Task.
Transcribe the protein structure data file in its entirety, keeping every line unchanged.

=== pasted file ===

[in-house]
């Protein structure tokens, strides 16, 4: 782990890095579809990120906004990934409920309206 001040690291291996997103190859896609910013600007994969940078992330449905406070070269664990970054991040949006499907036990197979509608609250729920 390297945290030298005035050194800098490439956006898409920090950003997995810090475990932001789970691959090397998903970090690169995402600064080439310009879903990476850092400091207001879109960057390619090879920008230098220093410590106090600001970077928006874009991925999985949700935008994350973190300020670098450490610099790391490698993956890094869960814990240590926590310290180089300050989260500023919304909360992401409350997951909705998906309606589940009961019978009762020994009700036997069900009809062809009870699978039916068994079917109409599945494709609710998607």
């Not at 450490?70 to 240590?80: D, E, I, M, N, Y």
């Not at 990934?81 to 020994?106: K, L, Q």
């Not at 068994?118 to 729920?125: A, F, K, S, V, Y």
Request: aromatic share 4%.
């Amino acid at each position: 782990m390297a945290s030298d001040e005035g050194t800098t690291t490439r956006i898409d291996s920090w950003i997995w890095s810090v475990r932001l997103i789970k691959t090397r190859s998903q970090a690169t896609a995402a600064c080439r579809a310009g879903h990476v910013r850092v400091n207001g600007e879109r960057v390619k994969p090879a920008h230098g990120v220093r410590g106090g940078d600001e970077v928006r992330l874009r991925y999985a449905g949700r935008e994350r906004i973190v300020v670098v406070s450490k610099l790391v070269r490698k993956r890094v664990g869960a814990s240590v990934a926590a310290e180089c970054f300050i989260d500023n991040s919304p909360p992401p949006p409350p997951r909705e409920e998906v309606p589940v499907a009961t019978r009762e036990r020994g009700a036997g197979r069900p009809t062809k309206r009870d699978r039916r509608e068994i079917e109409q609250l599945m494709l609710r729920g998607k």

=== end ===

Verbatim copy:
[in-house]
């Protein structure tokens, strides 16, 4: 782990890095579809990120906004990934409920309206 001040690291291996997103190859896609910013600007994969940078992330449905406070070269664990970054991040949006499907036990197979509608609250729920 390297945290030298005035050194800098490439956006898409920090950003997995810090475990932001789970691959090397998903970090690169995402600064080439310009879903990476850092400091207001879109960057390619090879920008230098220093410590106090600001970077928006874009991925999985949700935008994350973190300020670098450490610099790391490698993956890094869960814990240590926590310290180089300050989260500023919304909360992401409350997951909705998906309606589940009961019978009762020994009700036997069900009809062809009870699978039916068994079917109409599945494709609710998607």
């Not at 450490?70 to 240590?80: D, E, I, M, N, Y």
């Not at 990934?81 to 020994?106: K, L, Q």
């Not at 068994?118 to 729920?125: A, F, K, S, V, Y």
Request: aromatic share 4%.
């Amino acid at each position: 782990m390297a945290s030298d001040e005035g050194t800098t690291t490439r956006i898409d291996s920090w950003i997995w890095s810090v475990r932001l997103i789970k691959t090397r190859s998903q970090a690169t896609a995402a600064c080439r579809a310009g879903h990476v910013r850092v400091n207001g600007e879109r960057v390619k994969p090879a920008h230098g990120v220093r410590g106090g940078d600001e970077v928006r992330l874009r991925y999985a449905g949700r935008e994350r906004i973190v300020v670098v406070s450490k610099l790391v070269r490698k993956r890094v664990g869960a814990s240590v990934a926590a310290e180089c970054f300050i989260d500023n991040s919304p909360p992401p949006p409350p997951r909705e409920e998906v309606p589940v499907a009961t019978r009762e036990r020994g009700a036997g197979r069900p009809t062809k309206r009870d699978r039916r509608e068994i079917e109409q609250l599945m494709l609710r729920g998607k």